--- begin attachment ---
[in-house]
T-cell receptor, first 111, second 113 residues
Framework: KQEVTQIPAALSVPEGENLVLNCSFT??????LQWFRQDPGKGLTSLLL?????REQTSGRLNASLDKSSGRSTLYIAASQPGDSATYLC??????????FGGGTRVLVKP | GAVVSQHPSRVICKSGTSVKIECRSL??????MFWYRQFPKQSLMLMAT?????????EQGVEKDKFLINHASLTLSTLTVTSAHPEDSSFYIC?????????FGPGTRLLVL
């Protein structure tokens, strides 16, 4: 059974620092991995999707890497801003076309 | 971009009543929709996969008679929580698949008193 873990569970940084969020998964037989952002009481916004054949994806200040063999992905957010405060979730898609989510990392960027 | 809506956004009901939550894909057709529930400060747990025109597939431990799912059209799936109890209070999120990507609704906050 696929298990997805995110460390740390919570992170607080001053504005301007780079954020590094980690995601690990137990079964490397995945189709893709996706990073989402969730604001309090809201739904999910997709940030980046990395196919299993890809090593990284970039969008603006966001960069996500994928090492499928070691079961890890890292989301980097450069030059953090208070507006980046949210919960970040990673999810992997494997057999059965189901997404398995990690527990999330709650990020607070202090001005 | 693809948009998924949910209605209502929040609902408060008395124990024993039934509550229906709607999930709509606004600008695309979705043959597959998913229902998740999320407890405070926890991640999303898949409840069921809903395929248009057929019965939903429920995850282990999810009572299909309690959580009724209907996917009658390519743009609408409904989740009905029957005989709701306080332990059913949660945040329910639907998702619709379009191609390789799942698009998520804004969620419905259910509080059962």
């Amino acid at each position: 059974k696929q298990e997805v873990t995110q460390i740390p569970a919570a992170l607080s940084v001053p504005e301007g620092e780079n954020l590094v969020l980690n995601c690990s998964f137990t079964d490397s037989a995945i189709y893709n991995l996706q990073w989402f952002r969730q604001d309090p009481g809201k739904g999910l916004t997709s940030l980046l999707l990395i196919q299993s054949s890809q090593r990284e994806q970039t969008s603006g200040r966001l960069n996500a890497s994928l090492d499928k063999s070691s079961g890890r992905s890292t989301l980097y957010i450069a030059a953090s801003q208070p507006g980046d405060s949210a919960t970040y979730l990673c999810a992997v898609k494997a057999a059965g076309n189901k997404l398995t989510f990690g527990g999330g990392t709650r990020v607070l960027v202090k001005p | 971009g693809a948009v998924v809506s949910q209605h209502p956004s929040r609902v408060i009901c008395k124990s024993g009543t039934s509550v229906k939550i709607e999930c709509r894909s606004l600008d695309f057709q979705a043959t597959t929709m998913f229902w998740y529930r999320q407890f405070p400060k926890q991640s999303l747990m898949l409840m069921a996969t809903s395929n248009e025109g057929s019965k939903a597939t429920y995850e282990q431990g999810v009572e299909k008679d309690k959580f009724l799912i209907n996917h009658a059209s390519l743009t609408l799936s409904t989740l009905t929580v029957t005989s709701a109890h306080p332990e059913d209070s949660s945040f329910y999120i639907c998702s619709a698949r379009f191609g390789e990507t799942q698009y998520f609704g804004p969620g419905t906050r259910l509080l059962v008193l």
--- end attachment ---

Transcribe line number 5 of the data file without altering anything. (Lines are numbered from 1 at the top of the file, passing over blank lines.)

């Amino acid at each position: 059974k696929q298990e997805v873990t995110q460390i740390p569970a919570a992170l607080s940084v001053p504005e301007g620092e780079n954020l590094v969020l980690n995601c690990s998964f137990t079964d490397s037989a995945i189709y893709n991995l996706q990073w989402f952002r969730q604001d309090p009481g809201k739904g999910l916004t997709s940030l980046l999707l990395i196919q299993s054949s890809q090593r990284e994806q970039t969008s603006g200040r966001l960069n996500a890497s994928l090492d499928k063999s070691s079961g890890r992905s890292t989301l980097y957010i450069a030059a953090s801003q208070p507006g980046d405060s949210a919960t970040y979730l990673c999810a992997v898609k494997a057999a059965g076309n189901k997404l398995t989510f990690g527990g999330g990392t709650r990020v607070l960027v202090k001005p | 971009g693809a948009v998924v809506s949910q209605h209502p956004s929040r609902v408060i009901c008395k124990s024993g009543t039934s509550v229906k939550i709607e999930c709509r894909s606004l600008d695309f057709q979705a043959t597959t929709m998913f229902w998740y529930r999320q407890f405070p400060k926890q991640s999303l747990m898949l409840m069921a996969t809903s395929n248009e025109g057929s019965k939903a597939t429920y995850e282990q431990g999810v009572e299909k008679d309690k959580f009724l799912i209907n996917h009658a059209s390519l743009t609408l799936s409904t989740l009905t929580v029957t005989s709701a109890h306080p332990e059913d209070s949660s945040f329910y999120i639907c998702s619709a698949r379009f191609g390789e990507t799942q698009y998520f609704g804004p969620g419905t906050r259910l509080l059962v008193l």